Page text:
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August 30, 2007

Grrr. Grrr.

This does bug me:

BP had total revenues of $266bn (£132bn) in 2006. If BP was a country, it would rank 27th in the World Bank's 2006 GDP league table, between Denmark and South Africa, above members of the European Union like Greece, Ireland and Portugal.


No, it bloody wouldn't. As said numerous times passim. Turnover of a company is not the same as GDP. GDP is value added so that appropriate comparison is with profits.* Thus BP (at $16 billion) is about number 80, Cyprus or El Salvador perhaps. Cyprus has some 800,000 people, by no means all of whom are economically active. BP has 100,000 employees, all of whom are indeed economically active, in an industry currently enjoying booming profits. I, for one, don't find it surprising that the employees of a multi-national oil company are three or five times more productive than the inhabitants of a poor Mediterranean island.

* For the proper pendants amongst us, this is not exactly true. There's some argument about what is the appropriate comparison: it's definitely not GDP to turnover, but it might be GDP to profits plus wages. No, too early in the day for me to try and do that one.

August 30, 2007 in Economics | Permalink

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Comments

I think comparing GDP and turnover is fair enough. Imagime a small country with a small population and massive oil resources, and all it does is extract it and export it (there are plenty of countries like this). The GDP of that country (net profits plus wages) is roughly equal to the country's turnover (export sales).

Posted by: Mark Wadsworth | Aug 30, 2007 9:49:42 AM

I think Mark's actually right here in the specific case of BP. If you had a small country with only one company in its economy and it was a resources company, then I'd be surprised if the GDP wasn't pretty similar to the top line of that company's accounts.

At the very least you'd need to add depreciation back in to profits btw, viz *Gross* domestic product.

Posted by: dsquared | Aug 30, 2007 11:04:56 AM

This comparison between companies and countries goes back at least to the 1960's, with books like "The sovereign state of ITT". At that time they compared, if memory serves me right, total assets of a company with the gold and currency reserves of a country. Realisable, immediately available assets. Except that of course a company's assets are not realisable without closing down the company and a country can't do without its gold reserves. Nobody pushing this argument considered the fact that a country has the right to realise far more assets than that, by taxing its inhabitants. And the political idea - that a company is therefore more powerful than a country - is ludicrous. A company needs goodwill to survive long; countries can last for decades without any. Ask Cubans or North Koreans whether they'd rather work for their state or a publicly-quoted company.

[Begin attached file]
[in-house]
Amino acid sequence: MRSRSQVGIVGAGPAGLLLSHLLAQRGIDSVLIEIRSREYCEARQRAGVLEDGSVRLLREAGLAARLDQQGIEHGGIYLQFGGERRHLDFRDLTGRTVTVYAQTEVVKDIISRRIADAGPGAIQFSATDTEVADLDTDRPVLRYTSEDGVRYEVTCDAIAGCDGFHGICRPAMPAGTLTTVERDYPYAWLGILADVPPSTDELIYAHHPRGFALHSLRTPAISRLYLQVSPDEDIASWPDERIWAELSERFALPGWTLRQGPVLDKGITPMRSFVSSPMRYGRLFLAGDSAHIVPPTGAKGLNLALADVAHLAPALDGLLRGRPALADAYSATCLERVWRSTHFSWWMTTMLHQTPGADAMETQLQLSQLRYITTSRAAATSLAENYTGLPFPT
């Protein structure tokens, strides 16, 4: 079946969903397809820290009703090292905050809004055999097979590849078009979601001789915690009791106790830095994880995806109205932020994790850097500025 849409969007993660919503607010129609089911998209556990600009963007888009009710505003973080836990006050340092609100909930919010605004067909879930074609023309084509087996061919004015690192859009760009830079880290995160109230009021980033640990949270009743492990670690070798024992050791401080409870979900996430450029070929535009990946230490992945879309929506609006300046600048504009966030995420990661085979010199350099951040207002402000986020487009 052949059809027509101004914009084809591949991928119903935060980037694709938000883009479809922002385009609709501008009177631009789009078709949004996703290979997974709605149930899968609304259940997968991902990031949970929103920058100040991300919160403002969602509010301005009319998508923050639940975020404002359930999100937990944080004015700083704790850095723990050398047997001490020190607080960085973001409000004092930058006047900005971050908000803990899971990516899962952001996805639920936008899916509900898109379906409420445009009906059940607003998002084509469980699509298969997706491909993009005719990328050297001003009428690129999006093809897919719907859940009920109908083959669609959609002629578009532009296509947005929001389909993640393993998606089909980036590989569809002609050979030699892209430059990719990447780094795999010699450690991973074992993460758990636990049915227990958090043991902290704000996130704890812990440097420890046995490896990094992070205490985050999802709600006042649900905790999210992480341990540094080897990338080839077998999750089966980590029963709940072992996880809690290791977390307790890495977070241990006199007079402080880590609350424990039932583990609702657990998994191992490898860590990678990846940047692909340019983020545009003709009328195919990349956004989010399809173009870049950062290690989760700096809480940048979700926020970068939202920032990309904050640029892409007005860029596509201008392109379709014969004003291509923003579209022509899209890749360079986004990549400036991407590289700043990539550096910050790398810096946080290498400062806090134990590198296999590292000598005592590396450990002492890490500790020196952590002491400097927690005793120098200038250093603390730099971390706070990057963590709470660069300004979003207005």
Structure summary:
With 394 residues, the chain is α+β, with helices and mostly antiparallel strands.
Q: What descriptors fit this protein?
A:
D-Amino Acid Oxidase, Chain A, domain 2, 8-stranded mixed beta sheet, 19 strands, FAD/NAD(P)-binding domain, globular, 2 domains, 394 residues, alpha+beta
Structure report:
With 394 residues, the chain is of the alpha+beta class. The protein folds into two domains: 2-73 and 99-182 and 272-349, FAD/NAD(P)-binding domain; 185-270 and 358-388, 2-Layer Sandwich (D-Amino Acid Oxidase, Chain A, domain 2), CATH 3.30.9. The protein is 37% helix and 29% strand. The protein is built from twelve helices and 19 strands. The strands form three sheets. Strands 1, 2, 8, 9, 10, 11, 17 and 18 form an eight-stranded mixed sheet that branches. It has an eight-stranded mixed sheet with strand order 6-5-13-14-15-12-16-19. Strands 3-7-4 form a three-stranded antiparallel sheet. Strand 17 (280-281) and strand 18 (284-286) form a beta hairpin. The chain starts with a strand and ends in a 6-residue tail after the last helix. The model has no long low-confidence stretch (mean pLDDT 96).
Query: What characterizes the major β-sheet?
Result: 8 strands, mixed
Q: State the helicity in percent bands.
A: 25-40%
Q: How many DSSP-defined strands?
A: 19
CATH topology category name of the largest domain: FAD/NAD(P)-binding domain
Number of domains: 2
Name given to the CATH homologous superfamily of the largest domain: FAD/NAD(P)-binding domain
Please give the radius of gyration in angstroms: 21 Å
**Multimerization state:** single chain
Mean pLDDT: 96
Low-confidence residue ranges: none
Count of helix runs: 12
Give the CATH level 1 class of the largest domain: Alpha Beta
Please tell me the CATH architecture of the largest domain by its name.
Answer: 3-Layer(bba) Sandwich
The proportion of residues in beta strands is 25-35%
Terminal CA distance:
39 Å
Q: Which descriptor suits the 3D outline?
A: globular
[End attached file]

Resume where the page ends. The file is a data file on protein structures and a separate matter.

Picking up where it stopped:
Posted by: Jim Winfield | Aug 30, 2007 11:06:52 AM

Kuwait would be the obvious comparison, it produces a bit more oil than BP, but a bit less gas, and it's GDP is 1/3rd of BP's turnover, but 5 times its profits.

I'm often the pedant who mentions the wage bill, but it really depends on why you are making the comparision. BP's staff, after all, spend most of their wages outside of BP's control. On the other hand BP clearly has a large influence in their lives.

Posted by: Matthew | Aug 30, 2007 12:38:20 PM

Hi Tim -

The proper comparison would be for gross value added, i.e. sales minus COGS (Cost of Goods and Services used in the production process, including a prorated amount for centralized services), but without the deduction of personnel costs (this would be net value added).

Put in financial terms, this is would be gross earnings EBITDA.

That is about as fair a comparison as you will be able to get: anything else is rhetoric/polemic...

Posted by: John F. Opie | Aug 30, 2007 1:47:28 PM

Is it pedantic to point out that I'm not a "pendant"?

Tim adds: No, not at all. Special word we have around here that is: Polly Toynbee once did a typo, calling me a pendant when she meant pedant. I like to use it occasionally as it gives me a warm glow at the memory.

Posted by: sjh | Aug 30, 2007 3:22:30 PM

"BP has 100,000 employees, all of whom are indeed economically active"

You forgot the HR department.

Posted by: DocBud | Aug 30, 2007 10:50:37 PM

You forgot the HR department.

Except the HR department is not economically active.

Tim did forget the subbies, which is where you'd go if you wanted to get something done in an oil company, or find something out.

Posted by: Tim Newman | Aug 31, 2007 3:33:08 PM

Indeed, a rule of thumb is to add profits to salaries paid to get something roughly equivalent to Gross Value Added (GVA).

You can't really use turnover - e.g. as it includes the value of goods that might be part manufactured or finished offshore and assembled in the UK - so doesn't count in terms of UK value added.

This is the kind of thing done by economists to estimate GDP in areas where you can't get detailed national accounts - e.g. at regional or subregional levels, or to estimate sectoral contributions to GDP where you can't get input-output tables.

GVA is an estimate of GDP based on net outputs.

Ah its all coming back to me now, national income accounting etc etc etc.

Plus - national income accounting and economic calculations of value added etc are much different to accounting rules - on treatment of assets, depreciation, current values, capital stock etc etc etc, yawn yawn yawn

Posted by: Glenn Athey | Aug 31, 2007 10:41:20 PM